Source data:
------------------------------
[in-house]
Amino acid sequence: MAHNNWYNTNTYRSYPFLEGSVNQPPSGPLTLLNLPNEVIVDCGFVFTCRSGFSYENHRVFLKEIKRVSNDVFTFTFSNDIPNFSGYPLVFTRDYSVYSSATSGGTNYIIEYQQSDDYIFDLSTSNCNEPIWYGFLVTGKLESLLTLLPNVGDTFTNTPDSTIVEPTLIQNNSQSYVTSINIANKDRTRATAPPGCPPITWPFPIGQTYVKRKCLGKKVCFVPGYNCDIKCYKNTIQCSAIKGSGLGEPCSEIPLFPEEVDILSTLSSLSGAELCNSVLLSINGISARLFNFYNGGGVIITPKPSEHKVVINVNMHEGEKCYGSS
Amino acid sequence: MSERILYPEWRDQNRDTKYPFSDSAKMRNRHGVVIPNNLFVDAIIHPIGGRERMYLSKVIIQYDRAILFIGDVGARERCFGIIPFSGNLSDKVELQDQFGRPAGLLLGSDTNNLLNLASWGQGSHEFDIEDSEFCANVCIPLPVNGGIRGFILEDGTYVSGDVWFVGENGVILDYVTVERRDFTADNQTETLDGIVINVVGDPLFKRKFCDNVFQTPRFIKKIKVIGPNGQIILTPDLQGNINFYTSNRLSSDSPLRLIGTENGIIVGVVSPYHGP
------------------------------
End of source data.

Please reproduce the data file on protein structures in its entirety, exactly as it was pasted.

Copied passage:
[in-house]
Amino acid sequence: MAHNNWYNTNTYRSYPFLEGSVNQPPSGPLTLLNLPNEVIVDCGFVFTCRSGFSYENHRVFLKEIKRVSNDVFTFTFSNDIPNFSGYPLVFTRDYSVYSSATSGGTNYIIEYQQSDDYIFDLSTSNCNEPIWYGFLVTGKLESLLTLLPNVGDTFTNTPDSTIVEPTLIQNNSQSYVTSINIANKDRTRATAPPGCPPITWPFPIGQTYVKRKCLGKKVCFVPGYNCDIKCYKNTIQCSAIKGSGLGEPCSEIPLFPEEVDILSTLSSLSGAELCNSVLLSINGISARLFNFYNGGGVIITPKPSEHKVVINVNMHEGEKCYGSS
Amino acid sequence: MSERILYPEWRDQNRDTKYPFSDSAKMRNRHGVVIPNNLFVDAIIHPIGGRERMYLSKVIIQYDRAILFIGDVGARERCFGIIPFSGNLSDKVELQDQFGRPAGLLLGSDTNNLLNLASWGQGSHEFDIEDSEFCANVCIPLPVNGGIRGFILEDGTYVSGDVWFVGENGVILDYVTVERRDFTADNQTETLDGIVINVVGDPLFKRKFCDNVFQTPRFIKKIKVIGPNGQIILTPDLQGNINFYTSNRLSSDSPLRLIGTENGIIVGVVSPYHGP